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124. A solid steel shaft 3” in diameter is subjected to the loading shown in the sketch.

The
1800 lb slab is uniform and symmetric with respect to the shaft. Given that G=11x10 6 psi
; E=28x106psi; Ix = Iy = 3.98 in4; J(Polar M.I)=7.95in4.
(a) Find vertical normal stress at A,B,C
(b) Find shearing stress at points A,B,C
(c) Calculate angle of twist at bottom of shaft.
(d) Calculate elongation of shaft.
(e) Calculate lateral deflection at the bottom of shaft.
(Ref. Fundamentals of Engg. James W Morrison)(p 245)

We have Axial torque = 800x4 = 3200 in.lb(↟)


Axial force = 1800 lb(↓)
Shear force = 800 lb(←)
B.M. = 800h, Where h = distance from slab to particular point in question.

6”

8”

(a)
Fig 94.

∴1. σaxial = 1800/(πx32/4) = 255 psi (tension)


This stress is same at A, B, C
2. Normal stress due to bending, σbending = (M/I).y

At A and C, y=0, thus σbending = 0


At B, y=1.5” ; M = 800x8 ⇒ 6400 in.lb
So, σbending = (6400/3.98) x 1.5 ⇒ 2410 psi(tension)

(a) Net Normal stress at each point (due to axial and bending stresses)
At A, σnormal = 255 + 0 = 255 psi (tension)
At B, σnormal = 255 + 2410 = 2665 psi (tension)
At C, σnormal = 255 + 0 = 255 psi (tension)
3. τ(torsion) = Tr/J ∴At points A and B; τ(torsion) = 3200x1.5/7.95 ⇒ 604 psi
At point C : τ(torsion) = 0.

4.S.F also contributes to shear stress:

(a) τshear = VQ/Ib (or 4/3 V/A for Q = ∫y dA = ŷA


circular cross section) = (4r/3π)x(πd2/4x2) etc.
At point B, Q = 0, thus τshear = 0 I = (πd4/64)

At points A and C: Q = 3.38


∴τshear = (800x3.38)/(3.98x3)
= 226 psi

(b)

(b) Combining these two influences:


At A: τnet = 604 –226 ⇒ 378 psi
At B: τnet = 604 psi
At C: τnet = 226 psi
(c) θ = TL/GJ = (3200x14)/(11x106x7.95) ⇒ 0.00051 radians.

(d) To find δ : E = σ/ε = (F/A)/(δ/L) ⇒ δ = FL/AE


⇒ (F/A)x(L/E) = 255x[14/(28x106)]
δ = 0.00013 in.
(e) Lateral deflection = PL /3EI = 800x14 /(3x28x106x3.98)
3 3

= 0.0066 in.

125. The 1” diameter shaft shown below is frozen at bearing A and free to rotate at
bearing B. To unfreeze the shaft two workmen attempt to twist it, applying axial torques
as shown. Find the internal torque along the shaft.

(dia)

Fig 95.(a)
Considering right hand segments (so that calculation of reaction at point A is avoided)

For a cut between D & B:


ΣM = 0 so T = 0

For a cut between C & D:


ΣM = 0 ; T +1600 = 0
T = -1600
For a cut between A & C:
ΣM = 0 ;
T + 1600 + 960 = 0 (b)
∴T = -2560

A diagram, then, of the internal axial torque as a function of position would have the
following appearance:

(c)

126. What is the limit load? What is the ultimate load?

Limit load is the maximum anticipated load which a structure may be expected to
experience during the performance of missions.

The structure shall have sufficient strength to withstand the limit loads without
excessive elastic or plastic deformations.(Generally no permanent set is allowed at limit
load; but acceptance of permanent deformation may be required in the discontinuity areas
to minimize weight).

Ultimate load is defined as the product of limit load and the ultimate factor of
safety.

The structure must be designed as to withstand ultimate load without failure.

Note:- (i) Margin of safety = allowable load (stress)/applied load (stress) – 1 = M.S.
(ii) M.S. ≥ 0, For minimum weight M.S. should be minimum.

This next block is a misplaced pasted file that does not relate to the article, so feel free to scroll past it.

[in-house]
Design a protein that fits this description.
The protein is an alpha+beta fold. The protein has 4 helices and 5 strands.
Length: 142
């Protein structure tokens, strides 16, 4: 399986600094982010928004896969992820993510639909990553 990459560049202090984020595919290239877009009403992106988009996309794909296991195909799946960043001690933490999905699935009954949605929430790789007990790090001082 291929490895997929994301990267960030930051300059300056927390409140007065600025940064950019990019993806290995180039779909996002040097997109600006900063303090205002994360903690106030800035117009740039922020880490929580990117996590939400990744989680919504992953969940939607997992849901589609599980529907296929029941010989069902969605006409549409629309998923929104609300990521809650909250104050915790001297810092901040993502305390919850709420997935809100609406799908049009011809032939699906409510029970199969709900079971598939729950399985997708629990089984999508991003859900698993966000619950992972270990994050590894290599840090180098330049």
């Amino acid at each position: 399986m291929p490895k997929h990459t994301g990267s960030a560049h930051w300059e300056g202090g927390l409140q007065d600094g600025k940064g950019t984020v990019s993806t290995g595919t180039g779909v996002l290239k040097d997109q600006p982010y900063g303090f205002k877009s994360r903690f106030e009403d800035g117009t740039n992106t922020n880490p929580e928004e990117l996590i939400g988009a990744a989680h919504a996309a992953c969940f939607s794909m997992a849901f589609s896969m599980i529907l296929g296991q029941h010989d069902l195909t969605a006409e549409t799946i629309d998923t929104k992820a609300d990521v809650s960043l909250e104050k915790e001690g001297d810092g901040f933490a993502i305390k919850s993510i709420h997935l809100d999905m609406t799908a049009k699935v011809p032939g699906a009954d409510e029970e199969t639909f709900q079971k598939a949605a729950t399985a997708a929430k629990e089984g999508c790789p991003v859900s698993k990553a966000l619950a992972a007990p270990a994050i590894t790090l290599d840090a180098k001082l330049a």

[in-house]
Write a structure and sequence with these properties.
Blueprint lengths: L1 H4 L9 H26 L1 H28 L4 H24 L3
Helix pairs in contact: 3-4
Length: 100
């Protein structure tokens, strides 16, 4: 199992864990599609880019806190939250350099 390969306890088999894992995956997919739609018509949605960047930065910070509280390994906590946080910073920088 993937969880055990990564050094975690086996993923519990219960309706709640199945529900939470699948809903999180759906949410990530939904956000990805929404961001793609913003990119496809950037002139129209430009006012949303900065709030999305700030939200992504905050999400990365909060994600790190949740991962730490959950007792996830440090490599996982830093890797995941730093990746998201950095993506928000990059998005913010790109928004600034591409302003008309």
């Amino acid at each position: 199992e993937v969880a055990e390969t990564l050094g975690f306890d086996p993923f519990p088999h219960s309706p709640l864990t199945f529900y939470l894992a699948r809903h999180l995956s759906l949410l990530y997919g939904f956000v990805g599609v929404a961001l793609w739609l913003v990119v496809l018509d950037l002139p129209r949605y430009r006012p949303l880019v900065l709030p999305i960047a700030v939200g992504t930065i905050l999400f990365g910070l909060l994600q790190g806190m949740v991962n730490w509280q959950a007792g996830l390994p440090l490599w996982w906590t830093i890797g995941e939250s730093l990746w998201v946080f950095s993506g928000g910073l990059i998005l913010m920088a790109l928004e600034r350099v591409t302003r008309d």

127. What are the different types of loads encountered on aircraft?

Aerodynamic forces, engine thrust, vibration, pressurization, gravitational/inertia forces,


temperature effects etc.

Note:- (i) Shear load = aerodynamic load – structural weight or inertial loads.
(ii) missile axial load at any section = drag load + inertial load.
(iii) Stringer sections must be thick enough to inhibit local crippling.

128. A straight length of steel bar, 1.5m long and 2 cm x 0.5 cm section is compressed
longitudinally until it buckles. Assuming Eulers formula to apply in this case, estimate
the maximum central deflection before the steel passes the yield point at 320 Mpa. Take
E = 210 GPa.(Ref. B.K.Sarkar., Strength of Materials)

Imin = (2x0.53/12) cm4


= (1x10-8/48) m4.
P = π2EI/L2
= π2(210x109)(1x10-8/48)/1.52
P = 191.9 N
Fig 96(a)

There will be no deflection till the Euler load is reached.


Let δ = central deflection.

Maximum B.M. = Mmax = Pxδ = (191.9) δ


Direct stress, f1 = P/A = 191.9/(2x0.5x10-4) = (1.919 x 106)N/m2.
= 1.919 Mpa.
-6
Bending stress, f2 = M/Z = 191.9xδ/(1x10 /12) {Z=I/y; (1x10-8/48)/(0.25x10-2)
= δ.2302.8x106 N/m2 z = 1x10-6/12}

(b)
∴Total Stress:
320x106 = 1.919x106 + (2302.8x106) δ
∴ δ = 0.1381m
δ = 13.81cm

129. Example of plastic buckling of plate under compression: Given a long simply
supported 24s-T3 aluminium alloy flange. b = 1.25”, t = 0.125”.Determine the buckling
stress.

From the table for buckling coefficients for long plates (Ref p 242,Steeve backer: Aircraft
structural materials) We have k = 0.43 (NACA TR 734)

From table 10.1(Ref: p-260, Gerald)


For 24S-T3 aluminium.alloy sheet, σy = 41,000psi
E = 10.5x106psi
n = 10

But (E/σ0.7) εcr = [E/σ0.7] x [(kπ2)/(12(1-ν2))] x [t/b]2


= [(10.5x106)/41,000]x[0.43π2/(12x(1-0.32))] x (0.125/1.25)2
= 0.994

From, fig 10.9 (Ref Gerald,p259)


σcr/σ0.7 = 0.88
σcr=0.88x41,000 = 36,000psi.

σcr/σ0.7

Eε/σ0.7

Non dimensional σ-ε curve TN-902


(a) (b)
Fig 97.
130. Compute the crippling stress of an extruded, 75S-T6-aluminium alloy Z section of
the following dimensions:
bf = 1.8”, bw = 2”, t = 0.125” (tf = tw)

From fig 11.7(p-271, Gerald),


For bf/bw = 0.9, kw = 1.0

Now σcr = kw E(tw/bw)2


= 1x10.5x106x(0.125/2)2
= 42,000 psi

Fig 98(a)

(b)
From table 10.1(p.260, Gerald) for extruded 75S-T6,

we have σcy = 70,000.


Since 0.72σcy = 50,400,

From equations(11.7) (p.274), We have crippling stress


σc
= 0.80(σcr)0.25 (σcy)0.75 (for σu< 0.72σcy)
σc
= 0.80(42,000)0.25 (70,000)0.75
σc
= 49,000 psi.